'Extremely difficult' NHS IT roll out cost hospital £10m

A London hospital is looking for £10m compensation after an "extremely difficult" implementation of the Care Record System, part of the NHS National programme for IT.

A London hospital is looking for £10m compensation after an "extremely difficult" implementation of the Care Record System, part of the NHS National programme for IT.

The introduction of the system at the Royal Free Hospital caused a "£10m problem for the trust," said Andrew Way, chief executive of the Royal Free Hampstead NHS Trust.

It had to pay an extra £4m to get the system working, and lost £6m because it was unable to bill other parts of the NHS for work done.

He said the trust "is in discussion with other parts of the NHS to seek to resolve this financial issue". It is not seeking compensation from the NHS or other trusts, but through the NHS London Local Strategic Health Authority and the London Programme for IT.

The trust has been using the e-records system last summer but Way said in an interview with the BBC that it had led to a number of problems.

Problems

Software glitches have caused problems and created extra work for staff, and the financial problems have prevented the trust from investing in new equipment.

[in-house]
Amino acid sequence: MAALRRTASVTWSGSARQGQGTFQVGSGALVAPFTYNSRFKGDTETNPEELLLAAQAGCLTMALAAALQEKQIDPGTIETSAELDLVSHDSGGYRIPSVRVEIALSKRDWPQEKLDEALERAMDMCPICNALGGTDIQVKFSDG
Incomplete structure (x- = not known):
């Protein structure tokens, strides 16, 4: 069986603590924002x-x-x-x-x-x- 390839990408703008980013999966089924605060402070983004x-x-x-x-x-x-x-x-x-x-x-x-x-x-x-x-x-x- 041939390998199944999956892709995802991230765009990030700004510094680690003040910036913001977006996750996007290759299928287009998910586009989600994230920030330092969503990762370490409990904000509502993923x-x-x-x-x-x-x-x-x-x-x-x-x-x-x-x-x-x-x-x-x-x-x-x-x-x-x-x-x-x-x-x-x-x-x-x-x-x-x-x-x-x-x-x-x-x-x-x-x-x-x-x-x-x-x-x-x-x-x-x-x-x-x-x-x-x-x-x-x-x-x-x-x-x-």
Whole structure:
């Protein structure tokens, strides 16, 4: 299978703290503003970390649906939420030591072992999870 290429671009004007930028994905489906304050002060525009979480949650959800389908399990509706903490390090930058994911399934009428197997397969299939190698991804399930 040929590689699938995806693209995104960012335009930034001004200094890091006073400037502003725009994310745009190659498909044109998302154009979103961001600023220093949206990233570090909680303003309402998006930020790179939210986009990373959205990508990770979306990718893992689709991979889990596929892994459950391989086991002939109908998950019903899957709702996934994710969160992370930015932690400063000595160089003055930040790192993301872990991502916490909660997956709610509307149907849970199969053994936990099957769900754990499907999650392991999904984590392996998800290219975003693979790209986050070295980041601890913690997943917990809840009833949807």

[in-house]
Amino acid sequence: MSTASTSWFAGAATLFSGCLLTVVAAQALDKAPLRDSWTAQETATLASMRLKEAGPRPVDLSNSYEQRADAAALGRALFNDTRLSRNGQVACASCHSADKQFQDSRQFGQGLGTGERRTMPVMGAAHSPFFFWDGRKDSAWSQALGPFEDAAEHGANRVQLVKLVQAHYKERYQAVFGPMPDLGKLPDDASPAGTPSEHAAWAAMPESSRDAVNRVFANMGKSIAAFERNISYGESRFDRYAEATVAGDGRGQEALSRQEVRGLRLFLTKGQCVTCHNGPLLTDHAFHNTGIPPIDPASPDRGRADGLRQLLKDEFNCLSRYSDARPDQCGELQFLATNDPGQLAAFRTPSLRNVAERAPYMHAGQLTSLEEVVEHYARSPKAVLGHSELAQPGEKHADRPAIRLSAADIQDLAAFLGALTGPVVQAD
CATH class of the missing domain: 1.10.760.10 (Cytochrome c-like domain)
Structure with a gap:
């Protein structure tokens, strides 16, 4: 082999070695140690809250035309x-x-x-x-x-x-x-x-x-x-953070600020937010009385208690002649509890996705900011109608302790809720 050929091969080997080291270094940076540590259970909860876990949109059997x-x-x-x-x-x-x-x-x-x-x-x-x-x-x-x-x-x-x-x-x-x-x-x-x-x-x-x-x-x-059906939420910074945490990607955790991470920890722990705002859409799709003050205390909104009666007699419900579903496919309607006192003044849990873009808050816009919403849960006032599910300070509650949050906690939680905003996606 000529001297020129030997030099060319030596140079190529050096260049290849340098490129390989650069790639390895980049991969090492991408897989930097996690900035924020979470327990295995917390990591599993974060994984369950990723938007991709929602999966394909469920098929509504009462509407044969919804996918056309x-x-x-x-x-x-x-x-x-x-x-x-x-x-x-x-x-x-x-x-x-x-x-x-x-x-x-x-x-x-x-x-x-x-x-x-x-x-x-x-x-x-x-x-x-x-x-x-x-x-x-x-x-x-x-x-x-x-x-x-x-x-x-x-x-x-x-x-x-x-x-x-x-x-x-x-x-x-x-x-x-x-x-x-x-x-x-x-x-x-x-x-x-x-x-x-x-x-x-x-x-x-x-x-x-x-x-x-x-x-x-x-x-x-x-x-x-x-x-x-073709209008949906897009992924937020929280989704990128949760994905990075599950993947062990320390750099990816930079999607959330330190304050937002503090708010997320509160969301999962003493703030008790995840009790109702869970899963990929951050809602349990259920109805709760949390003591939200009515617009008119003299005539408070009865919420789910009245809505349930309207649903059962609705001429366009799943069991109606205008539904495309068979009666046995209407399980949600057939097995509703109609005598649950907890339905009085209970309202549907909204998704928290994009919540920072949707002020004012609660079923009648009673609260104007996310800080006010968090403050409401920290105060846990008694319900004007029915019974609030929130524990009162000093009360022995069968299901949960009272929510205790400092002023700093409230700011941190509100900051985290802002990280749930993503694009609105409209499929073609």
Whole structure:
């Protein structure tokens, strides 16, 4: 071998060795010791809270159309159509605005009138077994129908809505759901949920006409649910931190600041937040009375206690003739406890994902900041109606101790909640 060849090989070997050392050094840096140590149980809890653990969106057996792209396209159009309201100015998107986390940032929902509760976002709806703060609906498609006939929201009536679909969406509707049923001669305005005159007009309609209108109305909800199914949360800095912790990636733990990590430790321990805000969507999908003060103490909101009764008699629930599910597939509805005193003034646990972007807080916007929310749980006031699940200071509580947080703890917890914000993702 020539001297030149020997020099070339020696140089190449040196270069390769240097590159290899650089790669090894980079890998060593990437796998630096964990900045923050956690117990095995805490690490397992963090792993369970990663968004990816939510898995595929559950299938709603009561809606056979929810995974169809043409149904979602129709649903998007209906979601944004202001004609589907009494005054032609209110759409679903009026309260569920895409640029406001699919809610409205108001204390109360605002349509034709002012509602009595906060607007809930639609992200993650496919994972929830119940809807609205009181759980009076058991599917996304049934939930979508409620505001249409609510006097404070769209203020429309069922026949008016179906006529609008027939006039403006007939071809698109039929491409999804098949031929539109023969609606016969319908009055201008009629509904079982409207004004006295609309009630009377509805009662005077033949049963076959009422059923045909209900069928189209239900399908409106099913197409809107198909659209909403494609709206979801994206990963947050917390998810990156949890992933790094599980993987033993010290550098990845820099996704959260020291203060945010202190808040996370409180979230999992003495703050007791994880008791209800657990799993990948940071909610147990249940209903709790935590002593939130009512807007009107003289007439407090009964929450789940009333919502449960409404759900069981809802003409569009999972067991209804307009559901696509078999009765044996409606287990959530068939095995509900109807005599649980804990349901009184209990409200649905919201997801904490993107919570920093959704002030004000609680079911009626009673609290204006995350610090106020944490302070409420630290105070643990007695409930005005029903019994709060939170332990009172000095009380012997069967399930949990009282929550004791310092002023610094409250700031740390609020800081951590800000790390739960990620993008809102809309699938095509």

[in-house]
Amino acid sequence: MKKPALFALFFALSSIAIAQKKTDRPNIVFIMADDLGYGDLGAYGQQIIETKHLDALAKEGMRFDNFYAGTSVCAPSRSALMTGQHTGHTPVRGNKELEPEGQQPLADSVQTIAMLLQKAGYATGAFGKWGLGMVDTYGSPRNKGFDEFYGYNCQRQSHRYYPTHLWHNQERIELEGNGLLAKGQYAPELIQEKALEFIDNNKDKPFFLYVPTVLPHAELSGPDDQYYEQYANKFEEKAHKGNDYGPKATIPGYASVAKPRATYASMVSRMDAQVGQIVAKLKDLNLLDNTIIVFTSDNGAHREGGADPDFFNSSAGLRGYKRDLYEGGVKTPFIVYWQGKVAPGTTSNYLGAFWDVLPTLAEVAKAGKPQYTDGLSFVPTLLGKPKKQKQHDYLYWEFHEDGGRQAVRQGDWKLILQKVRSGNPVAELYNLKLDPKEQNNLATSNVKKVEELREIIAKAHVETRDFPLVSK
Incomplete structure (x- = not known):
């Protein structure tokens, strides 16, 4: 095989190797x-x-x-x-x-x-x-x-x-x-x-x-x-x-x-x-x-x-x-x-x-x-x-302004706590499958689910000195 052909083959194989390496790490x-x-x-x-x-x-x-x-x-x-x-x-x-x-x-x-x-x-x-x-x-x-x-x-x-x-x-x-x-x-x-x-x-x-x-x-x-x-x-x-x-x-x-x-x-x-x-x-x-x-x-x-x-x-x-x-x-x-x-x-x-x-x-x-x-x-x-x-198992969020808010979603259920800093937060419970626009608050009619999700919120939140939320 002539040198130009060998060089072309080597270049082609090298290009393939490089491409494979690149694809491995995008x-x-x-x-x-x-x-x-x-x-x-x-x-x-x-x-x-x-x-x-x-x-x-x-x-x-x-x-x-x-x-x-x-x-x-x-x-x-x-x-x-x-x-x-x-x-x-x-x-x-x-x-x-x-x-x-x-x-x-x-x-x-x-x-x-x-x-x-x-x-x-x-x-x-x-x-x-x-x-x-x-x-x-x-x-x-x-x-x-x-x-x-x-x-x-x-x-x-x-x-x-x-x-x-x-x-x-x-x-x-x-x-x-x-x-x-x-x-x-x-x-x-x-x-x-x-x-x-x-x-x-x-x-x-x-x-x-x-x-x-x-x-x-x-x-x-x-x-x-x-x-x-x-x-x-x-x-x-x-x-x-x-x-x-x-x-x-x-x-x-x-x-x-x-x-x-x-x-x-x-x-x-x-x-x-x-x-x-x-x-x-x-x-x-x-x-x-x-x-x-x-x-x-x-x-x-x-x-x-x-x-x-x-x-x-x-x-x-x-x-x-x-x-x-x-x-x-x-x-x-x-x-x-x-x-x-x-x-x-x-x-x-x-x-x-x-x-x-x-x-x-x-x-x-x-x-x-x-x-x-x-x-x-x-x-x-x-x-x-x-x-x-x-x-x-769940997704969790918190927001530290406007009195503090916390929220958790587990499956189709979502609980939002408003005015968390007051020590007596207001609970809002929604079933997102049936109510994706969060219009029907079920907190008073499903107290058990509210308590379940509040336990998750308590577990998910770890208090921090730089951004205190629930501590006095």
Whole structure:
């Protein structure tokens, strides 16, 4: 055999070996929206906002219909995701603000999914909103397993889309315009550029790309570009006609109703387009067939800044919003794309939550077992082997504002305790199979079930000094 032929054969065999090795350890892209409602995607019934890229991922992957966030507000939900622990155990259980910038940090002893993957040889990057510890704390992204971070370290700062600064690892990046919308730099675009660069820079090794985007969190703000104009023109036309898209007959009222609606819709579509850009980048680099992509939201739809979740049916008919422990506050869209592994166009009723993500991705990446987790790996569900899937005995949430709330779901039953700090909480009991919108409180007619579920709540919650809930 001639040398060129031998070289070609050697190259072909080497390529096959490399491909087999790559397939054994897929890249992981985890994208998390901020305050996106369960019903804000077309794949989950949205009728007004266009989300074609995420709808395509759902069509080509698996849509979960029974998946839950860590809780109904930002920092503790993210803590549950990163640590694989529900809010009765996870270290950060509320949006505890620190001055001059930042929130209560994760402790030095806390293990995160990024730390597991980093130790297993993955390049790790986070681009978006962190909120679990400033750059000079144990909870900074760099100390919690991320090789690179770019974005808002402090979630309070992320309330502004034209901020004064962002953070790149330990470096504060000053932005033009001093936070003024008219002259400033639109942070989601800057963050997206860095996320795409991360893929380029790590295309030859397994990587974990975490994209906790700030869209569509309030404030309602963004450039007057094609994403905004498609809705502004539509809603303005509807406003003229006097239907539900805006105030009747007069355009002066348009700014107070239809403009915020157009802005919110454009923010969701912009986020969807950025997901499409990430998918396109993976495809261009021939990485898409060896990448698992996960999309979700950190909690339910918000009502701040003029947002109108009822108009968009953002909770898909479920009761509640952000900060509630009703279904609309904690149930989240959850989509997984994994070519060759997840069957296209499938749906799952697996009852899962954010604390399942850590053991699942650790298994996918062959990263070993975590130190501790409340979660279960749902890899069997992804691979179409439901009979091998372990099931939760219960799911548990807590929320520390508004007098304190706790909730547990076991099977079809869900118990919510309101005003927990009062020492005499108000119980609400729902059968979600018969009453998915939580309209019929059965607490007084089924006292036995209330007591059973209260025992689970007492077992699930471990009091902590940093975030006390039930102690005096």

Way paid tribute to trust staff, saying they had dealt with substantial additional work because of the problems.

Way said, "I have personally apologised for the decision to implement the system before we were really clear about what we were going to receive.

"I had been led to believe it would all work."

Way as chief executive is the senior responsible owner (SRO) of the NPfIT implementation at the trust. The SRO of a project is the person responsible for ensuring that a programme meets its objectives.

Lessons learnt

Way said he will continue working with suppliers BT and Cerner. The trust is now working to adapt the system to the way its staff want to work.

"We are in discussion with other hospitals over the problems and the lessons which can be learnt," he said. "We also should recognise the many achievements which have allowed us to get to the position where the system is now far more stable."

He added, "It should be emphasised that we now have the basics of one of the world's most highly regarded IT systems established at the Royal Free.

"But the introduction of the CRS system at our hospital has caused much heartache and hard work."

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